Dual Writer



Navigating Documents with Voice Commands

Before you can begin dictating text into your Word document, you need to say where you want the text to go. You’ll find that one of the most important skills you need to develop is the ability to position the cursor where you want it.

Fortunately, the commands are very simple, and also quite similar to the commands for selecting text.


Go To Commands

When you are using speech to text, you can quickly get to the start or end of the document with these commands.

  • Go to the start of the document
  • Go to the end of the document


Later in this lesson you’ll learning commands for scrolling through documents, but these two commands are the fastest way to get to the start or end of the document. Much faster than scrolling.

These commands will move the cursor to the start of the next or last word, sentence or paragraph.

  • Go to the {next/last} word
  • Go to the {next/last} sentence
  • Go to the {next/last} paragraph

You can also advance the cursor to the end of the current word, sentence or paragraph that the cursor is located in.

  • Go to the end of the word
  • Go to the end of the sentence
  • Go to the end of the paragraph


Moving one character at a time

If the cursor is already close to where you want to start entering speech to text, you can use voice commands that act in the same way as the arrow keys to move the cursor.

  • Go right
  • Go left
  • Go up
  • Go down


When you speech to text, the Speech Recognition system will leave the cursor sitting right after the period at the end of a sentence. And then when you start a new sentence, a space will automatically be added for you. You don’t usually need to say that space character after the period.

So, if the cursor is at the beginning of a sentence, and you want to insert a new sentence there, just say “go left” to back up the cursor one space, and then start dictating. A space following the period of the previous sentence will be added.

If you need to move the cursor repeatedly to get where you want to go, you can add a number to the command.

  • Go right [NUMBER] times
  • Go left [NUMBER] times
  • Go up [NUMBER] times
  • Go down [NUMBER] times


Go to [WORD] / Go after [WORD]

A command that you will find very useful with speech to text is the “go to [WORD]” command. This works the same way as the “select [WORD]” command, except that the cursor is moved to the beginning of the word, rather than selecting it. The word you choose can be anywhere on the screen.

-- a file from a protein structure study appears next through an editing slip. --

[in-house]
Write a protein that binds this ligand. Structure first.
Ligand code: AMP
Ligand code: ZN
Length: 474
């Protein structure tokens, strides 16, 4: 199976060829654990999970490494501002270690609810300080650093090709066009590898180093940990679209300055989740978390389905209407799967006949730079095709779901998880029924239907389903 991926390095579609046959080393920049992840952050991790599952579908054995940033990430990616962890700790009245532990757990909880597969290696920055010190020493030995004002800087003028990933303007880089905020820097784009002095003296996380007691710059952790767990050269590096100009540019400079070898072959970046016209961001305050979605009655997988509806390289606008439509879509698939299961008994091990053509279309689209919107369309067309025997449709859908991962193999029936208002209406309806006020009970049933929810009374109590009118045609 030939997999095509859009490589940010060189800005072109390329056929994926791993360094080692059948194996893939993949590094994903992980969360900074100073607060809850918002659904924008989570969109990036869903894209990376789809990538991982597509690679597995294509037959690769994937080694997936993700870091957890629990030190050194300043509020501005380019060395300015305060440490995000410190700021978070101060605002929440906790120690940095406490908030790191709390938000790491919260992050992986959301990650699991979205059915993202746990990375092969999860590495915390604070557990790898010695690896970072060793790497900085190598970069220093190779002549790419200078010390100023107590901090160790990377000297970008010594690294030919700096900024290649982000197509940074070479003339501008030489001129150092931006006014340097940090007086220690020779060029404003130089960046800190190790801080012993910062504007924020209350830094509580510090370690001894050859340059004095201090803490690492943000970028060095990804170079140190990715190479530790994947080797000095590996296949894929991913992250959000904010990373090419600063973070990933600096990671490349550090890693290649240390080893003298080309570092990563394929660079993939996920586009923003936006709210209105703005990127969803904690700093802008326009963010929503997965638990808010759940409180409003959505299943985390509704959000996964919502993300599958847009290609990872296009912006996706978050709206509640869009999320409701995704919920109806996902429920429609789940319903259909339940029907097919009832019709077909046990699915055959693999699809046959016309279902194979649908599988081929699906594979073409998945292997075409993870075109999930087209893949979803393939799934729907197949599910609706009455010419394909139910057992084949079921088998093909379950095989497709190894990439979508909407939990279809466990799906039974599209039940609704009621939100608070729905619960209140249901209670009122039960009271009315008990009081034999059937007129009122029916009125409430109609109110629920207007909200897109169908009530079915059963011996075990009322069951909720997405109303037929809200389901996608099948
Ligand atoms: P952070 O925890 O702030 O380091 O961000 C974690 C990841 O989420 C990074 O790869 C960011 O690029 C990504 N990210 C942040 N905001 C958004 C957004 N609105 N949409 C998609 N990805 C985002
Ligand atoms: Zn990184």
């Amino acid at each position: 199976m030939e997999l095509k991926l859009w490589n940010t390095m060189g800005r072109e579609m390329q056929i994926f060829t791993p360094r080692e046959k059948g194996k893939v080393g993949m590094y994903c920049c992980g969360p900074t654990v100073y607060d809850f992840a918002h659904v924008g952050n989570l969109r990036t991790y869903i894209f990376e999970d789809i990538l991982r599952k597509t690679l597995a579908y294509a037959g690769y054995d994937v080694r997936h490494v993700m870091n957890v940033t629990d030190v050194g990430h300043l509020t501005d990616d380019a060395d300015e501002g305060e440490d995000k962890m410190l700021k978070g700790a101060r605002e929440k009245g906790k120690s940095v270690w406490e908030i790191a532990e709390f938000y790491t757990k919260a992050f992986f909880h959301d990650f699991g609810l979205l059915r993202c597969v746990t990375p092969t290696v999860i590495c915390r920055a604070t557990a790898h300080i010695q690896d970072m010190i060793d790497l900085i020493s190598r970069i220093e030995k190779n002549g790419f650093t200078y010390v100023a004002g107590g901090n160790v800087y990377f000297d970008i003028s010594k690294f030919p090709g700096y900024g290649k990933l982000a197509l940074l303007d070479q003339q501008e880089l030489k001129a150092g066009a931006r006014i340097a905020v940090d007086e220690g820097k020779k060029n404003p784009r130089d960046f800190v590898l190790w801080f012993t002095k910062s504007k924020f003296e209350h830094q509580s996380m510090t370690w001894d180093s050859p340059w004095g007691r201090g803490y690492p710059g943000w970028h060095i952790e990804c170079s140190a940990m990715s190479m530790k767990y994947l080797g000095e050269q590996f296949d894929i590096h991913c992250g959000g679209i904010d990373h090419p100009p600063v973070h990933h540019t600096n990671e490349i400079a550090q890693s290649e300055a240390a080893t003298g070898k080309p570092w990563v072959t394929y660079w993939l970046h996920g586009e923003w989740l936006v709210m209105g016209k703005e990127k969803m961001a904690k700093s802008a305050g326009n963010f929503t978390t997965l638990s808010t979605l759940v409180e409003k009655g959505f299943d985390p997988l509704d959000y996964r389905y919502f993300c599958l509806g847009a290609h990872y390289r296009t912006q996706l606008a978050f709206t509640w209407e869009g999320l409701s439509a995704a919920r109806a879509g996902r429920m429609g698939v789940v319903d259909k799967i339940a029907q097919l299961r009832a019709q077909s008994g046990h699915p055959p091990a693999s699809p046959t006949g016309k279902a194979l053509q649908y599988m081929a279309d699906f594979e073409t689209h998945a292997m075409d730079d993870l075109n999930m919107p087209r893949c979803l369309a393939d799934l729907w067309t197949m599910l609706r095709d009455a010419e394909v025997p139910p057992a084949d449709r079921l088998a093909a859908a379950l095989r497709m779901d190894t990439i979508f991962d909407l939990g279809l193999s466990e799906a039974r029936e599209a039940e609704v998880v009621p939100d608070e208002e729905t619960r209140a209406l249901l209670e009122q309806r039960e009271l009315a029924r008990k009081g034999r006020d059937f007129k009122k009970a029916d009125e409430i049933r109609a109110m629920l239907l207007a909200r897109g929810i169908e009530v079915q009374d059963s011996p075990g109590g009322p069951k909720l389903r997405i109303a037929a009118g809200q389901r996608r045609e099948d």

• Go to [WORD]

If there is more than one instance of that word on the screen, numbers will appear over each of them. Say the number of the one you want, and then say “OK”. The cursor will move to the start of that word.

If you want to move the cursor to go the end of a particular word, say “go after [WORD]”.

  • Go after [WORD]

When you use this command, you’ll know that you are becoming an expert at dictation. It saves you from saying two commands that do the same thing:

  • Go to [WORD]
  • Go to the end of the word


Scrolling with voice commands

Frequently, the place you want to go in your document is not visible on the screen. You need to scroll there. You can use these commands.

  • Scroll up
  • Scroll down

Saying “scroll up” or “scroll down” is equivalent to clicking the arrow buttons at the top or bottom of the scroll bar. You’ll notice that this command doesn’t scroll the document very far. You can use numbers to advance multiple times.

  • Scroll up [NUMBER] times
  • Scroll down [NUMBER] times

To scroll through the document a larger amount, the same distance as when you click on the scroll bar, add the number of pages to the scroll command.

  • Scroll up [NUMBER] pages
  • Scroll down [NUMBER] pages

For example, you can say “scroll up one page” or “scroll down three pages”.


Copy and Paste

Now that you know how to select text and navigate documents using voice commands, you are ready for new commands that require both skills: copy and paste.

  • Copy that
  • Cut that
  • Paste that

“Copy that” and “cut that” place the selected text on the clipboard. The difference is that cutting text also removes it from the document, although it is still on the clipboard. “Paste that” inserts the contents of the clipboard at the cursor location.


Practice what you learned

Use the copy, cut and paste commands to move sections of text around in a document. You might dictate a sentence, and then cot that sentence and paste it onto a new line or in a different paragraph.

Try dictating a sentence, and the use “cut that” and “paste that” to reverse the words in the sentence so that it is backwards from the original sentence you dictated.


Keep going!

When you first decided to learn how to use speech to text in Microsoft Word, you probably wanted to become a more productive writer. Typing can be very tiring. Dictation, it seems, should be faster, easier, and more natural than typing.

And then the first time you try do dictation, you’re shocked at how terrible the results are! The Speech Recognition system gets almost every word wrong. And it’s not clear what you need to do to control Microsoft Word with voice commands.

At first, dictation requires a lot of extra thought, trying to figure out how to do things, and trying to remember the commands. It’s challenging and frustrating. And definitely not faster than typing!

But if you have completed this dictation course and spent some time practicing, then you have already come a long way since that first experience. You’ll soon reach the point where the commands are second nature, you’re dictation voice is clear and precise, and the Speech Recognition system has learned your speech patterns and vocabulary. Speech to text will then be faster than typing. Congratulations!

Don’t give up! It will all be worth the effort.

Best of luck!